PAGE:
Clayton Jones

Well, as you said very well, Joe, history is on our side. Because by the time you get to this point, you need the capability, and I feel as confident as I can be that if they get to that point that they will structure the program in a way that they can and will recertify it because the need is clear. And the priority within the Pentagon is clear. So we're both speculating and talking hypotheticals but at least, as you say, history is on our side here.

Operator

Your next question comes from the line of Carter Copeland with Barclays Capital.

Joseph Campbell - Barclays Capital

It's actually Joe Campbell and Carter Copeland. Just a quick question on company-funded R&D following the annual disclosure in the last K. Clay, it looks like the commercial R&D has come down about $70 million from its prior peak. And obviously, you've finished a lot of projects following big competitive wins and share gains. I wonder if you look out over the next couple of years, should we be thinking that, for Commercial Systems company-funded, this is a new normal? Or could we see R&D continue to trend down as programs tail off or even bounce back? Can you help us think about that?

Clayton Jones

First of all, I would say in the quarter that the company-funded R&D was flat. But for the year, we expect it to grow. And that is not counting, obviously, the deferred that Patrick talked about earlier. If you add that deferred piece with the expense piece, then it actually grows significantly over the year and has been growing. And depending on whether you want to look at one piece or the other piece, but I would say, especially the company-discretionary piece, I would not expect that to decline. Because our success rate and the programs that we're working on continue at pace. We have 10 business jet platforms that we're working on that we'll deliver over the next five years. We have the A350 that we're working on, the CSeries that we're working on. We have the programs that we've won internationally in China, in Japan, in Russia, in Brazil, some of which are deferred, some of which included customer funding but some of which also will be supplemented by internal funding. So no, I don't think I would anticipate that number to go down and that you're going to get a sort of R&D windfall over the years. We're going to continue to invest in these new programs. We're going to try to win some more to build on that market strength we've enjoyed over the last five years.

Patrick Allen

And in terms of the trend over, let's say the last couple of years, where we saw Commercial Systems company funded coming down from almost 300 down to about 230, I would say that was as much a function of the market as anything else, as a result of pretty substantial decline in sales, we took pretty aggressive actions to limit the amount of research and development. Plus, there were some programs that got pushed out particularly on the biz jet side that provided that opportunity to reduce R&D. We're seeing that trend start to shift in the other direction to Clay's point.

Joseph Campbell - Barclays Capital

So would you say it's fair to say it's going to trend upward, both on an absolute basis and as a percentage of sales?

Patrick Allen

I would say definitely on an absolute basis. I think as a percentage of sales, it's going to depend a lot on a lot of moving parts that we can't predict right now, but I would definitely expect it to increase on an absolute basis.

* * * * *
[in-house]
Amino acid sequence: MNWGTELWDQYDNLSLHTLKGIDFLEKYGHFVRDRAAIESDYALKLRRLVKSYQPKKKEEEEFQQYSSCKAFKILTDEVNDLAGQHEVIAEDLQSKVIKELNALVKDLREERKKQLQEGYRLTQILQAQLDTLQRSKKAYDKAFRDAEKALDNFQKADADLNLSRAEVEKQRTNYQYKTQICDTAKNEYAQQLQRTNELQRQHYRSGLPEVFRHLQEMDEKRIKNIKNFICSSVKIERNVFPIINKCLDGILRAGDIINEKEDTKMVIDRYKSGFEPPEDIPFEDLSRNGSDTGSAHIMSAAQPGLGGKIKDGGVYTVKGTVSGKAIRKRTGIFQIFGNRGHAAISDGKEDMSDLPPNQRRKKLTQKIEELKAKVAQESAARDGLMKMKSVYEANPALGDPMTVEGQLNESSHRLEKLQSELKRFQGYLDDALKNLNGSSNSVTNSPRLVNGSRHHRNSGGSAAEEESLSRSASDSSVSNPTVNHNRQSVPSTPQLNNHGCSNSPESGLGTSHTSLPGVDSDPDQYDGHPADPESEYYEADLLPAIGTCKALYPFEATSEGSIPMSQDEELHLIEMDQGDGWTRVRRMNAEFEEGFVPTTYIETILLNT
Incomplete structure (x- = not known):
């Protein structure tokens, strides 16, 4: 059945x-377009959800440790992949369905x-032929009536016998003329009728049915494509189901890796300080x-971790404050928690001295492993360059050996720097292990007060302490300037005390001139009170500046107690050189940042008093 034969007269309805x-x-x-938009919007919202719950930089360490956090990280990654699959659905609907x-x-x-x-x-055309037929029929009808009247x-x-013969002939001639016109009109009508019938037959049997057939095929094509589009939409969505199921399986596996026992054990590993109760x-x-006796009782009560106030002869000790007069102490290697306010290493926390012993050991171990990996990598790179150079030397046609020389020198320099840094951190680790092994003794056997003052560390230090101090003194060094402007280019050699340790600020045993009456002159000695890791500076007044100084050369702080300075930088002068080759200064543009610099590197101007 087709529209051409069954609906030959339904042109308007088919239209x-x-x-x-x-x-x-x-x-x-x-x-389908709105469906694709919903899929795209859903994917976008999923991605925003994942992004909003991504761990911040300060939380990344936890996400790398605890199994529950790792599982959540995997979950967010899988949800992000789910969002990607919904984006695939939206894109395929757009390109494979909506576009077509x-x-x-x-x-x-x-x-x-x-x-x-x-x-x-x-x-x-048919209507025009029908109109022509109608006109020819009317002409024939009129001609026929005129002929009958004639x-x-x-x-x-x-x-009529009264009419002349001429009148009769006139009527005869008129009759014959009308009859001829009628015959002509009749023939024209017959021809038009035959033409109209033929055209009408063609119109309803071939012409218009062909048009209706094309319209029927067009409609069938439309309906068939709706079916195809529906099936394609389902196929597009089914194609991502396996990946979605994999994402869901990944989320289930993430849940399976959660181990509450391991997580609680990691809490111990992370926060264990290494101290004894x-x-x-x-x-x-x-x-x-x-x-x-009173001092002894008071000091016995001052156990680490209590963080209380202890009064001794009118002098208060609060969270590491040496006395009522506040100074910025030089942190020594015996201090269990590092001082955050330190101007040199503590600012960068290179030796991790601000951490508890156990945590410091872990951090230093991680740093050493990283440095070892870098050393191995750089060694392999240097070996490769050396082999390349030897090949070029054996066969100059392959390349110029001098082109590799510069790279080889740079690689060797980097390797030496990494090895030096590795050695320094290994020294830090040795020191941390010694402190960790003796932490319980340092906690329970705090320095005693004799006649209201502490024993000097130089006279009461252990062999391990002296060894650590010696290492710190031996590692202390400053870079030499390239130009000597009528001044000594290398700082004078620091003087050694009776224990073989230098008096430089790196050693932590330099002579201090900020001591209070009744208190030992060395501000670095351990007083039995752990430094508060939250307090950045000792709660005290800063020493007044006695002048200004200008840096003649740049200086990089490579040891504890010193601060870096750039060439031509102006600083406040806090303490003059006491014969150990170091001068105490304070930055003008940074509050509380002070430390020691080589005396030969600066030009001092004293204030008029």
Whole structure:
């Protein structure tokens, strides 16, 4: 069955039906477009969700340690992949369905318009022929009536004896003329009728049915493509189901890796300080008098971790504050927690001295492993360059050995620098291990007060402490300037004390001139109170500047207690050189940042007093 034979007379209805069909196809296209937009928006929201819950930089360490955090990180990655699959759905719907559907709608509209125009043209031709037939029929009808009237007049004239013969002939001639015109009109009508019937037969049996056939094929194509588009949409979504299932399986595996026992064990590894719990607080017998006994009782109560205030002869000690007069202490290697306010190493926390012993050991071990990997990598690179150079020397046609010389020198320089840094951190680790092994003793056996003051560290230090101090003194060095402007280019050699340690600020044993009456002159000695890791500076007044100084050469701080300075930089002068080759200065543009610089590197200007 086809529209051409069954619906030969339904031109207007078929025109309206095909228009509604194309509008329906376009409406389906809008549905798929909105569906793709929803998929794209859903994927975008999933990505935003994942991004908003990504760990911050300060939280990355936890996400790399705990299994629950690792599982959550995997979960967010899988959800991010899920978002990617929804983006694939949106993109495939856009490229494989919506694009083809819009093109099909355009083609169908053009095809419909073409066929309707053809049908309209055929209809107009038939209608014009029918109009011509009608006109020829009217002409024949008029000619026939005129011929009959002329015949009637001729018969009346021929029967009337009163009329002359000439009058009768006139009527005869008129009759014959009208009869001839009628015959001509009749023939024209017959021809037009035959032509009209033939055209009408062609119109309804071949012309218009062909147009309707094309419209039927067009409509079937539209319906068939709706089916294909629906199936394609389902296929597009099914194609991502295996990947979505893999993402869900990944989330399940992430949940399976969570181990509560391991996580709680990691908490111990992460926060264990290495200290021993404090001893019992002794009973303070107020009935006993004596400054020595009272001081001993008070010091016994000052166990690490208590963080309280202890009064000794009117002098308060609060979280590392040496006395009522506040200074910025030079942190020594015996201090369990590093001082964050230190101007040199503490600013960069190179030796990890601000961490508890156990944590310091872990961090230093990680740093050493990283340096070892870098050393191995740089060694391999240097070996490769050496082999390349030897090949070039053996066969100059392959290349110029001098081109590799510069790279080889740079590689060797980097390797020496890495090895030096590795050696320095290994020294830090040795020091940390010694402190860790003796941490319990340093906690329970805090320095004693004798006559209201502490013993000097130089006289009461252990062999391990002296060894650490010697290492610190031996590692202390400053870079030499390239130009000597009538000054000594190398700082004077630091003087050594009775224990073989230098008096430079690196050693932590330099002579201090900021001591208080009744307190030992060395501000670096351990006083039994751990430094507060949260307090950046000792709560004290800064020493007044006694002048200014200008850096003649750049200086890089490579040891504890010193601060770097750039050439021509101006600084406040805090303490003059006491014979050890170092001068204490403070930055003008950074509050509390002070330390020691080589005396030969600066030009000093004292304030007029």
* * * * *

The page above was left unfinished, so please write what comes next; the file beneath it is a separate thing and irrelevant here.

Joseph Campbell - Barclays Capital

And one follow-up and this is just related to the change in disclosure on wide-body IFE. I don't know if you’ve put it in anywhere formally, but last year's full year number for the amount of services that were moved from aftermarket into what is now the all-in wide-body IFE number. Do you have that number, Patrick?

Patrick Allen

I do, I'm just trying to find it here.

Clayton Jones

I think it's about $90 million to $100 million.

Patrick Allen

Yes. Our total for the year for wide-body IFE is going to be $110 million. I think that's about $80 million of service and about $30 million of product and systems.

Joseph Campbell - Barclays Capital

And how does that compare to the prior year?

Patrick Allen

Down about 20% in total.

Operator

Your next question comes from the line of Ronald Epstein with Bank of America Merrill Lynch.

Kristine Liwag

This is actually Kristine Liwag calling in for Ron. Is there an opportunity for you on the F-16 for upgrades? And if so, how much upside could the program provide?

Clayton Jones

I am not aware of any major program that we have or are pursuing specific to the F-16, no. Now we have products on the F-16, but again as compared to some of the other programs that we talk about where we're either pursuing or have upgrade programs, I do not believe there's one on F-16.

Operator

Your next question comes from the line of Robert Spingarn with Crédit Suisse.

Robert Spingarn - Crédit Suisse AG

First, just going back to JTRS. Since quantities are likely to come down and it looks like they were already buying fewer of this network integration kit which means probably a smaller buy on GMR, but perhaps higher on HMS. How does the mix shift affect you?

Clayton Jones

Well, it depends on how many of one and how many of the other. But what I would say is if there is a mix shift, it's most likely to shift to the man-pack element, which is the element that we are more involved in than the soldier handheld. And so that would be favorable to us if they increased the numbers of man packs. But at this point in time, Rob, it really is not possible because they’ve not made a decision of what the quantity is going to be one vice the other. But the good news for us is we've got a foot in each camp. So hopefully if you rob Peter, you pay Paul.

Robert Spingarn - Crédit Suisse AG

And I know you've been asked this before but maybe it's helpful for everyone if you could just refresh us on the current run rate on JTRS and what the potentials on the program of record would be.